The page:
In certain analyses (for example where not all of the fatty acids are quantified, such as when acids with four and six carbons are present alongside acids with 16 and 18 carbons, or when it is necessary to determine the absolute amount of a fatty acid in a sample) it is necessary to use an Internal Standard. Fatty acids with 5, 15 or 17 carbons are frequently used. The correction factor (if any) for the Internal Standard should be determined.

The percentage by mass of component i, expressed as methyl esters, is then given by the formula:

wi = (mIS × Fi × Ai)/(m × FIS × AIS)

where:

 

A i is the area the FAME i;

 

A IS is the area of the internal standard;

 

F i is the correction factor of the fatty acid i, expressed as FAME;

 

F IS is the correction factor of the internal standard;

 

m is the mass of the test portion, in milligrams

 

m IS is the mass of the internal standard, in milligrams.

The results are expressed to two decimal places.

6.   TEST REPORT

The test report shall specify the methods used for the preparation of the methyl esters and for the gas chromatographic analysis. It shall also mention all operating details not specified in this Standard Method, or regarded as optional, together with details of any incidents which may have influenced the results.

The test report shall include all the information necessary for complete identification of the sample.

7.   PRECISION

7.1.   Results of interlaboratory test

Details of an interlaboratory test on the precision of the method are set out in Annex C to standard IOC/T.20/Doc. No 33. The values derived from this interlaboratory test may not be applicable to concentration ranges and matrices other than those given.

7.2.   Repeatability

The absolute difference between two independent single test results, obtained using the same method on identical test material in the same laboratory by the same operator using the same equipment within a short interval of time, will in not more than 5 % of cases be greater than r given in tables 1 to 14 in Annex C to standard IOC/T.20/Doc. No 33.

7.3.   Reproducibility

The absolute difference between two single test results, obtained using the same method on identical test material in different laboratories with different operators using different equipment, will in not more than 5 % of cases be greater than R given in tables 1 to 14 in Annex C to standard IOC/T.20/Doc. No 33.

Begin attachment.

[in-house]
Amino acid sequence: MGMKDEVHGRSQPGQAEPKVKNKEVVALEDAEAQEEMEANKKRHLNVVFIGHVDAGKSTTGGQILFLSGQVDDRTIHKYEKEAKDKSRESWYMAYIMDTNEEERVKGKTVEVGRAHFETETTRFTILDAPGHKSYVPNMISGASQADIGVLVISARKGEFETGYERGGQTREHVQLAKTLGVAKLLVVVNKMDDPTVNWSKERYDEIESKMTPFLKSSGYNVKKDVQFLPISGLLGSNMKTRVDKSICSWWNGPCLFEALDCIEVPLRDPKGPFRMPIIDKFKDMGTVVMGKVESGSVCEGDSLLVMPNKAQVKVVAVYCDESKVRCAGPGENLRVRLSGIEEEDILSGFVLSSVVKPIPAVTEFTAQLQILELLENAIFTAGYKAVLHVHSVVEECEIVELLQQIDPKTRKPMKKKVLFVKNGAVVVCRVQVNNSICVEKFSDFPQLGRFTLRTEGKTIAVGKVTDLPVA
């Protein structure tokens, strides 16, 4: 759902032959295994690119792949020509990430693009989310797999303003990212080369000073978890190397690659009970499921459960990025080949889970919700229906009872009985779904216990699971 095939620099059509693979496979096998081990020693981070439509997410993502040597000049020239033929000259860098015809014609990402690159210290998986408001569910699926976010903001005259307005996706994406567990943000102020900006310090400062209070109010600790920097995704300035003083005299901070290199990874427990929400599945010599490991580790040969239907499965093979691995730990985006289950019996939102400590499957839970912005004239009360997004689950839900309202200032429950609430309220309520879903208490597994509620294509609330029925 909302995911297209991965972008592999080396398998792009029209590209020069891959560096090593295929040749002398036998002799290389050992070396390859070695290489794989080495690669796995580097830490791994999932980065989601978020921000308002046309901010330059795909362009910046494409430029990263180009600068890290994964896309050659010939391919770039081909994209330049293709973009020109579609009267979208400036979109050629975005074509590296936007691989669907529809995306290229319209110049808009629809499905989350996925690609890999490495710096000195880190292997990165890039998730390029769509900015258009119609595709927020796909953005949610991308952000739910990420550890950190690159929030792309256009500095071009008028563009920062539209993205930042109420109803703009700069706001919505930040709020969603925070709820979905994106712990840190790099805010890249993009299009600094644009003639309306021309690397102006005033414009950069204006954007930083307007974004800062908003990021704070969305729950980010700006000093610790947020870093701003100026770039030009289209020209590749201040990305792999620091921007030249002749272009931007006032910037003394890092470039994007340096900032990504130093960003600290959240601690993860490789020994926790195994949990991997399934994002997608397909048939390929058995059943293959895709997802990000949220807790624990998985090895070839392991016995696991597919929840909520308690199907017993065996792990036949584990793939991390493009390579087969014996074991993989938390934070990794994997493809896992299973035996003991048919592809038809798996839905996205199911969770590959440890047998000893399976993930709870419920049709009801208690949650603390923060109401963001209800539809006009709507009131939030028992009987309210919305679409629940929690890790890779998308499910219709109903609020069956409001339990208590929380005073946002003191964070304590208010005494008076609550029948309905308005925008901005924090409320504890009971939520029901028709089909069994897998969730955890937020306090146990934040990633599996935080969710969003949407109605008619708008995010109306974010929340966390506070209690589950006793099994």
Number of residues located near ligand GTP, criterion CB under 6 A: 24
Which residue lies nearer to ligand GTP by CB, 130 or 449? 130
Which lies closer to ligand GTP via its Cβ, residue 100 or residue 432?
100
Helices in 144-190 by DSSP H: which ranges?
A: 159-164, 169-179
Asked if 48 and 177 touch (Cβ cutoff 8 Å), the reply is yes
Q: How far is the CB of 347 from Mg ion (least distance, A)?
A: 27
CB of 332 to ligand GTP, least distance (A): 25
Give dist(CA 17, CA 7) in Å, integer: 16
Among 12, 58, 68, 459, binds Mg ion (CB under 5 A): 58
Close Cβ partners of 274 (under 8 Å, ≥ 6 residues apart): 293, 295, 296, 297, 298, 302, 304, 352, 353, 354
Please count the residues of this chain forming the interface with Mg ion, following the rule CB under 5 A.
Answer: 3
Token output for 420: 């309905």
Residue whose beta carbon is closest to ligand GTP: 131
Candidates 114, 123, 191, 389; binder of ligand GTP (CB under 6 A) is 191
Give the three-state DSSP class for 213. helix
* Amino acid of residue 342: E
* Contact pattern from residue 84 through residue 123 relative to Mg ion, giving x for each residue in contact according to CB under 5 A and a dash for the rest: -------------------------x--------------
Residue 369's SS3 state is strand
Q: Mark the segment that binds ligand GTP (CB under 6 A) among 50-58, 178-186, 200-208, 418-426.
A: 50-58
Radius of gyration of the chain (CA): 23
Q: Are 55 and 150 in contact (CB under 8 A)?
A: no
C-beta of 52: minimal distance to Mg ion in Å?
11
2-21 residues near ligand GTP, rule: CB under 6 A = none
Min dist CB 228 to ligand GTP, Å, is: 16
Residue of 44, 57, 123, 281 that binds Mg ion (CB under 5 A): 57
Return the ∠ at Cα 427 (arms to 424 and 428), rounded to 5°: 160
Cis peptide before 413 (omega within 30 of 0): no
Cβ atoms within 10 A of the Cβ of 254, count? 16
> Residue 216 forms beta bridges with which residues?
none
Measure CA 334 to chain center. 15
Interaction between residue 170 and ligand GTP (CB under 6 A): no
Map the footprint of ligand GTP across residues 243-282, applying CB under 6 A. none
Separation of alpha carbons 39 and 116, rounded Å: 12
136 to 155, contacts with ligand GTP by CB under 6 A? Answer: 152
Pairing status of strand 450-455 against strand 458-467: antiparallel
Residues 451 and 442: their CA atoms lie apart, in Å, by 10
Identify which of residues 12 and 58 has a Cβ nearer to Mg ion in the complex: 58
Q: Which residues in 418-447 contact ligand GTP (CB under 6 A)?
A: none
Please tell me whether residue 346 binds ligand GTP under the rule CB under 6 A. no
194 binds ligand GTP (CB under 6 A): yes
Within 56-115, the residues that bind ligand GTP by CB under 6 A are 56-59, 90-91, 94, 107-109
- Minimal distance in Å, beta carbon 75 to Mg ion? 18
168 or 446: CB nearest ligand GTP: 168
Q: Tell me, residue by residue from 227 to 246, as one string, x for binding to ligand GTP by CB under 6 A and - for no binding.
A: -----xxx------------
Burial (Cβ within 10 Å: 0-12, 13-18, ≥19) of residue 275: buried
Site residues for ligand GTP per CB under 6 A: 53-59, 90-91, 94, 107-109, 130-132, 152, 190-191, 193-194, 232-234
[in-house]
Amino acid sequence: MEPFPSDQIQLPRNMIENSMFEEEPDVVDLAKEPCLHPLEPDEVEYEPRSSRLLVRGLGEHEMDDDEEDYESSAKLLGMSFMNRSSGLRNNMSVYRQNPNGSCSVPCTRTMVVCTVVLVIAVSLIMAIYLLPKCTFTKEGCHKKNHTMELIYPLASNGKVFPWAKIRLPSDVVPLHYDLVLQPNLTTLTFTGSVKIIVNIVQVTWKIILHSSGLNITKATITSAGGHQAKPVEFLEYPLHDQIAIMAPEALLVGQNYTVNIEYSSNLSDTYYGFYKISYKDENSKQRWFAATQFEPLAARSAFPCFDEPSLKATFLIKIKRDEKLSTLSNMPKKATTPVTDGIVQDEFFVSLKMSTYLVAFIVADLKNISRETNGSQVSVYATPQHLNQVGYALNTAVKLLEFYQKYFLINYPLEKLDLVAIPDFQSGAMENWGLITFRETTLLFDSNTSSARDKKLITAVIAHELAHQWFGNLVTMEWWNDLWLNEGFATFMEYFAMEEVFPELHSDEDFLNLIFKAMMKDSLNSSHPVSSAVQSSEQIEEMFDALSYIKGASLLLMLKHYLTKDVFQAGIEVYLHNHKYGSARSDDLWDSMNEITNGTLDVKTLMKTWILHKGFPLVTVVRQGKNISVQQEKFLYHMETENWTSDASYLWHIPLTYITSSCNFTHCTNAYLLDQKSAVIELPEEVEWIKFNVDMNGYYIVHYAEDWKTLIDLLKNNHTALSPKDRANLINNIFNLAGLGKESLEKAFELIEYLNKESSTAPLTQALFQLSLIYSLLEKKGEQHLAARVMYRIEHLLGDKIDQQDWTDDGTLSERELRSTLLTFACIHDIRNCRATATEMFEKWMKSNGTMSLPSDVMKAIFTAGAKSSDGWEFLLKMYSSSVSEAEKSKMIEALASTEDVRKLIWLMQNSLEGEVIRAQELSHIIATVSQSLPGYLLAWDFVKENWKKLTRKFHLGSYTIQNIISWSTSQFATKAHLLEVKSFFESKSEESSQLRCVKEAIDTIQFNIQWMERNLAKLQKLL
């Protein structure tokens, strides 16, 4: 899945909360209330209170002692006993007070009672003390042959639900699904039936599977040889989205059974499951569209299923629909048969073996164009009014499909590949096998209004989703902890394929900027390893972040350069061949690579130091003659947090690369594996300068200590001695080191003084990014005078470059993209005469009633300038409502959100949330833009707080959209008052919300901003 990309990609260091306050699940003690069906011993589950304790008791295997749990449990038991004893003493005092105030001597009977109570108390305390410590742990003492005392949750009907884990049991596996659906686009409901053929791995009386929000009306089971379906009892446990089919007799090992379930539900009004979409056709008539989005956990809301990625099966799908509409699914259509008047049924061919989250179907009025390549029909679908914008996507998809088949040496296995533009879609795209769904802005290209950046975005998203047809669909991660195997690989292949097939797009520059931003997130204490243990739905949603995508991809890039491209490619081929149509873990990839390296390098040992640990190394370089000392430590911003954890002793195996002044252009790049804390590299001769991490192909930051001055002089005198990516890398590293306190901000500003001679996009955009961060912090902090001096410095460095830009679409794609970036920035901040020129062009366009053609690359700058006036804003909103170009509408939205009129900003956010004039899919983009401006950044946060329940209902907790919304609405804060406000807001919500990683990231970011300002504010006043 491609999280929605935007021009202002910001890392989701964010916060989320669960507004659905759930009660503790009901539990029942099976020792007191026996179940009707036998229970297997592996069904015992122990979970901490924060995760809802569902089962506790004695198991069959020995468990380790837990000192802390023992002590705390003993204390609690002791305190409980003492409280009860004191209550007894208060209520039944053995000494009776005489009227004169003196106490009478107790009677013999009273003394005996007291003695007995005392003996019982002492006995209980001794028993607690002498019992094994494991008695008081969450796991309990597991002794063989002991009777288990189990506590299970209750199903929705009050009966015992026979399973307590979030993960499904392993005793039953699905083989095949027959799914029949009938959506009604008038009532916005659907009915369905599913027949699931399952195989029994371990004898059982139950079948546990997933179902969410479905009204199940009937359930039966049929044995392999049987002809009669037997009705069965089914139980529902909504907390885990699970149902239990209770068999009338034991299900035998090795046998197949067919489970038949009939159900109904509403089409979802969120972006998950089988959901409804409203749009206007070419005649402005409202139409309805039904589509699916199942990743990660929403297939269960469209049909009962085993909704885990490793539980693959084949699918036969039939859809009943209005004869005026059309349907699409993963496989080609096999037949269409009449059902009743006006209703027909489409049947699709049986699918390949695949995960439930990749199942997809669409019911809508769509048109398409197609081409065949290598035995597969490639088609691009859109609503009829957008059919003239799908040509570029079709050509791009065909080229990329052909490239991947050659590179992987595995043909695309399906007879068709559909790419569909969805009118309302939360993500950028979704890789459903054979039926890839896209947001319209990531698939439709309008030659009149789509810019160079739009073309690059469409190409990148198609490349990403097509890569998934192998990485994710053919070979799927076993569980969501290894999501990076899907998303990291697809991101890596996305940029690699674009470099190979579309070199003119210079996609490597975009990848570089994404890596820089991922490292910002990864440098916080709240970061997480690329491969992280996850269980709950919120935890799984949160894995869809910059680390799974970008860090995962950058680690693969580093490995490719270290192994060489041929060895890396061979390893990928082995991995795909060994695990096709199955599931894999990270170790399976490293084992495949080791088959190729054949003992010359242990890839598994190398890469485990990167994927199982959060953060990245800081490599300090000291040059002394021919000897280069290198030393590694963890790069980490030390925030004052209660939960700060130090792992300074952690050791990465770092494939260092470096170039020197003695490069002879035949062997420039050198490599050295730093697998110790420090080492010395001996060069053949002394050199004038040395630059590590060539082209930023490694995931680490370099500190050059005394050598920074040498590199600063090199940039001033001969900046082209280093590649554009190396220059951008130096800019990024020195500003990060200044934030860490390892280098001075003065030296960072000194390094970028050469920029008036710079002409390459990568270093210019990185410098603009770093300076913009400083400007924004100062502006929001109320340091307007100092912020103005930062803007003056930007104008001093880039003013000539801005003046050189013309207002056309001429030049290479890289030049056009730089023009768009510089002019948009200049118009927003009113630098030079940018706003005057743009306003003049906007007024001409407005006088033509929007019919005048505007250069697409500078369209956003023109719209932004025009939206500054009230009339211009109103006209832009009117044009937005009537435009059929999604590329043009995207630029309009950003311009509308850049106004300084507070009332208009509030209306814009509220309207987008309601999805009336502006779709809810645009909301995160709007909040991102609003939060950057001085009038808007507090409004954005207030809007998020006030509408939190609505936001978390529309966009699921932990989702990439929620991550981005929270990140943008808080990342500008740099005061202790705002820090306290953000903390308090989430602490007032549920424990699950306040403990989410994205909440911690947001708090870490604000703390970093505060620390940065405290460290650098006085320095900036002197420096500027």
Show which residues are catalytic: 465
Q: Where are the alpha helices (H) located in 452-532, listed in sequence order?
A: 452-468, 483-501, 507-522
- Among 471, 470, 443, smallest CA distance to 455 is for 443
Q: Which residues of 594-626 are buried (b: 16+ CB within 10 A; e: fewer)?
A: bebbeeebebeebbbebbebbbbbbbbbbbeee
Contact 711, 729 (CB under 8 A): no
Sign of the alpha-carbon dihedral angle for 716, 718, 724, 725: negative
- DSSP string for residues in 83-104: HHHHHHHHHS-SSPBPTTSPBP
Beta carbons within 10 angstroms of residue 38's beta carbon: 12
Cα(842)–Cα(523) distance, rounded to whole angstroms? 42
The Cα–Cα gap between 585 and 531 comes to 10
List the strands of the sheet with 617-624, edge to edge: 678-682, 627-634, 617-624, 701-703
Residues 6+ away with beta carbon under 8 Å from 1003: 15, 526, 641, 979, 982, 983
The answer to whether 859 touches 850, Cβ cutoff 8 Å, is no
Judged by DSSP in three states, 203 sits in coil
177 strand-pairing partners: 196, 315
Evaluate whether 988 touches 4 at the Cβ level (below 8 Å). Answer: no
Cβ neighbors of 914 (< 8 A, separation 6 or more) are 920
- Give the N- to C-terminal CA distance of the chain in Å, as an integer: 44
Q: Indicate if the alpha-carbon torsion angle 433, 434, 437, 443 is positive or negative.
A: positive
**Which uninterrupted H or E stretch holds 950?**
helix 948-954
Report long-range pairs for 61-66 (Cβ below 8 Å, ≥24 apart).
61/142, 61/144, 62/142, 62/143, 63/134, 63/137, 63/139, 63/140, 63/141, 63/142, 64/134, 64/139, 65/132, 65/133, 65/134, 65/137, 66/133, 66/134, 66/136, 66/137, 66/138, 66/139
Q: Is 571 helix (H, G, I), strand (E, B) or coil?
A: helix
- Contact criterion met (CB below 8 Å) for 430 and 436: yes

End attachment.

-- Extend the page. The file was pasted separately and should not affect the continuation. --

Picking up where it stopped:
Appendix A

Figure 1

Image

ω0,5 width at half height of the triangle (ABC) and b width at half height of the triangle (NPM).

Figure 2

Figure 3

Image

Image

Appendix B

Figure 1

Gas chromatographic profile obtained by the cold methylation method from olive-pomace oil

Image

The chromatographic peaks correspond to the methyl and ethyl esters except where otherwise indicated.


ANNEX V

Annex XII to Regulation (EEC) No 2568/91 is amended as follows:

(1)

point 1 is replaced by the following:

‘1.   PURPOSE AND SCOPE

The purpose of the international method described in this Annex is to determine the procedure for assessing the organoleptic characteristics of virgin olive oil within the meaning of point 1 of Part VIII of Annex VII to Regulation (EU) No 1308/2013 of the European Parliament and of the Council (1) and to establish the method for its classification on the basis of those characteristics. It also provides indications for optional labelling.

The method described is applicable only to virgin olive oils and to the classification or labelling of such oils according to the intensity of the defects perceived and of the fruitiness, as determined by a group of tasters selected, trained and monitored as a panel.

The IOC standards mentioned in this Annex are used in their last available version.

(1)  Regulation (EU) No 1308/2013 of the European Parliament and of the Council of 17 December 2013 establishing a common organisation of the markets in agricultural products and repealing Council Regulations (EEC) No 922/72, (EEC) No 234/79, (EC) No 1037/2001 and (EC) No 1234/2007 (OJ L 347, 20.12.2013, p. 671).’;"

(2)

points 3.2, 3.3 and 3.4 are replaced by the following:

‘3.1.1.   Other negative attributes

Heated or Burnt

Characteristic flavour of oils caused by excessive and/or prolonged heating during processing, particularly when the paste is thermally mixed, if this is done under unsuitable thermal conditions.

Hay-wood

Characteristic flavour of certain oils produced from olives that have dried out.

Rough

Thick, pasty mouthfeel sensation produced by certain old oils.

Greasy

Flavour of oil reminiscent of that of diesel oil, grease or mineral oil.

Vegetable water

Flavour acquired by the oil as a result of prolonged contact with vegetable water which has undergone fermentation processes.

Brine

Flavour of oil extracted from olives which have been preserved in brine.

Metallic

Flavour that is reminiscent of metals. It is characteristic of oil which has been in prolonged contact with metallic surfaces during crushing, mixing, pressing or storage.

Esparto

Characteristic flavour of oil obtained from olives pressed in new esparto mats. The flavour may differ depending on whether the mats are made of green esparto or dried esparto.

Grubby

Flavour of oil obtained from olives which have been heavily attacked by the grubs of the olive fly (Bactrocera oleae).

Cucumber